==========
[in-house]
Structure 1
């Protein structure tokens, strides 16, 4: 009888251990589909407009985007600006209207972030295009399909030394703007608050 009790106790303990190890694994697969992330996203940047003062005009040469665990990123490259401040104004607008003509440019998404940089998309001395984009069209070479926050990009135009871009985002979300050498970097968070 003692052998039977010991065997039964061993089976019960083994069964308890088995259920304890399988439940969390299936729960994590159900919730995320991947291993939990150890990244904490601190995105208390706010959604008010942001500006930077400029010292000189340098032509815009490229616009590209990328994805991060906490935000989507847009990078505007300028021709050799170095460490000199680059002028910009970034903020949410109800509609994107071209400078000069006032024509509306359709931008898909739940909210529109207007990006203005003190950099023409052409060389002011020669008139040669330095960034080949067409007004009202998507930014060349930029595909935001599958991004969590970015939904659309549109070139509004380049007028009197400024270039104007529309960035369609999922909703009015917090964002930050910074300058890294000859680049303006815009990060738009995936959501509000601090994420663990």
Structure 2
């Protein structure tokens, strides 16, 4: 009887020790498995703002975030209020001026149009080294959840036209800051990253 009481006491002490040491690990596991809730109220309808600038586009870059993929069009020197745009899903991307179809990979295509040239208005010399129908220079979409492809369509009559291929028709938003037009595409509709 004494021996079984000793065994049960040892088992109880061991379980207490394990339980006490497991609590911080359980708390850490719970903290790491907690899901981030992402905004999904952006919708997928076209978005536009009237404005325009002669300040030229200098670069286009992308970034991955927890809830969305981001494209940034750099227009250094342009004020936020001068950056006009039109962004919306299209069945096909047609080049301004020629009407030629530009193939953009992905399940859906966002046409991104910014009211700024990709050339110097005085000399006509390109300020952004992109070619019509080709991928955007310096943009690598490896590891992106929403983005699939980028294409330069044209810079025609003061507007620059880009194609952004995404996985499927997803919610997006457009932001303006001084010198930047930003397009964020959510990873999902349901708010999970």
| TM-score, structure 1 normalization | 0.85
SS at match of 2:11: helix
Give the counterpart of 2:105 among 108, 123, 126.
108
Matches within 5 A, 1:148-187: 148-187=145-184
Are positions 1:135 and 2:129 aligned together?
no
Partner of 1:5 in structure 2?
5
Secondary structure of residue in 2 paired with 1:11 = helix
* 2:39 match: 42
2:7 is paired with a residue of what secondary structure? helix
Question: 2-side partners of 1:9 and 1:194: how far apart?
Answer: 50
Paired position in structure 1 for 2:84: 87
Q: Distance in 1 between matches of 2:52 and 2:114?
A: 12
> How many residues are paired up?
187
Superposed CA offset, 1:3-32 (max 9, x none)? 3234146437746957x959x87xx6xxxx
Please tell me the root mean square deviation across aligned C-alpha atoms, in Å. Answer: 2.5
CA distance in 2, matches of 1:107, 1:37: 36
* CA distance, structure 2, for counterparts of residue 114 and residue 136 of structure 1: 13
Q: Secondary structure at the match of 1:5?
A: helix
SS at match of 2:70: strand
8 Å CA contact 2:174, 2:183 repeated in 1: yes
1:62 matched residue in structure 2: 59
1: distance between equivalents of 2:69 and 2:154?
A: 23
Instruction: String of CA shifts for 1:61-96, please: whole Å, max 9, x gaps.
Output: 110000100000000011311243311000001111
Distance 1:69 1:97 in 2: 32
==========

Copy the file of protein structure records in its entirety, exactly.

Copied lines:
[in-house]
Structure 1
């Protein structure tokens, strides 16, 4: 009888251990589909407009985007600006209207972030295009399909030394703007608050 009790106790303990190890694994697969992330996203940047003062005009040469665990990123490259401040104004607008003509440019998404940089998309001395984009069209070479926050990009135009871009985002979300050498970097968070 003692052998039977010991065997039964061993089976019960083994069964308890088995259920304890399988439940969390299936729960994590159900919730995320991947291993939990150890990244904490601190995105208390706010959604008010942001500006930077400029010292000189340098032509815009490229616009590209990328994805991060906490935000989507847009990078505007300028021709050799170095460490000199680059002028910009970034903020949410109800509609994107071209400078000069006032024509509306359709931008898909739940909210529109207007990006203005003190950099023409052409060389002011020669008139040669330095960034080949067409007004009202998507930014060349930029595909935001599958991004969590970015939904659309549109070139509004380049007028009197400024270039104007529309960035369609999922909703009015917090964002930050910074300058890294000859680049303006815009990060738009995936959501509000601090994420663990």
Structure 2
């Protein structure tokens, strides 16, 4: 009887020790498995703002975030209020001026149009080294959840036209800051990253 009481006491002490040491690990596991809730109220309808600038586009870059993929069009020197745009899903991307179809990979295509040239208005010399129908220079979409492809369509009559291929028709938003037009595409509709 004494021996079984000793065994049960040892088992109880061991379980207490394990339980006490497991609590911080359980708390850490719970903290790491907690899901981030992402905004999904952006919708997928076209978005536009009237404005325009002669300040030229200098670069286009992308970034991955927890809830969305981001494209940034750099227009250094342009004020936020001068950056006009039109962004919306299209069945096909047609080049301004020629009407030629530009193939953009992905399940859906966002046409991104910014009211700024990709050339110097005085000399006509390109300020952004992109070619019509080709991928955007310096943009690598490896590891992106929403983005699939980028294409330069044209810079025609003061507007620059880009194609952004995404996985499927997803919610997006457009932001303006001084010198930047930003397009964020959510990873999902349901708010999970």
| TM-score, structure 1 normalization | 0.85
SS at match of 2:11: helix
Give the counterpart of 2:105 among 108, 123, 126.
108
Matches within 5 A, 1:148-187: 148-187=145-184
Are positions 1:135 and 2:129 aligned together?
no
Partner of 1:5 in structure 2?
5
Secondary structure of residue in 2 paired with 1:11 = helix
* 2:39 match: 42
2:7 is paired with a residue of what secondary structure? helix
Question: 2-side partners of 1:9 and 1:194: how far apart?
Answer: 50
Paired position in structure 1 for 2:84: 87
Q: Distance in 1 between matches of 2:52 and 2:114?
A: 12
> How many residues are paired up?
187
Superposed CA offset, 1:3-32 (max 9, x none)? 3234146437746957x959x87xx6xxxx
Please tell me the root mean square deviation across aligned C-alpha atoms, in Å. Answer: 2.5
CA distance in 2, matches of 1:107, 1:37: 36
* CA distance, structure 2, for counterparts of residue 114 and residue 136 of structure 1: 13
Q: Secondary structure at the match of 1:5?
A: helix
SS at match of 2:70: strand
8 Å CA contact 2:174, 2:183 repeated in 1: yes
1:62 matched residue in structure 2: 59
1: distance between equivalents of 2:69 and 2:154?
A: 23
Instruction: String of CA shifts for 1:61-96, please: whole Å, max 9, x gaps.
Output: 110000100000000011311243311000001111
Distance 1:69 1:97 in 2: 32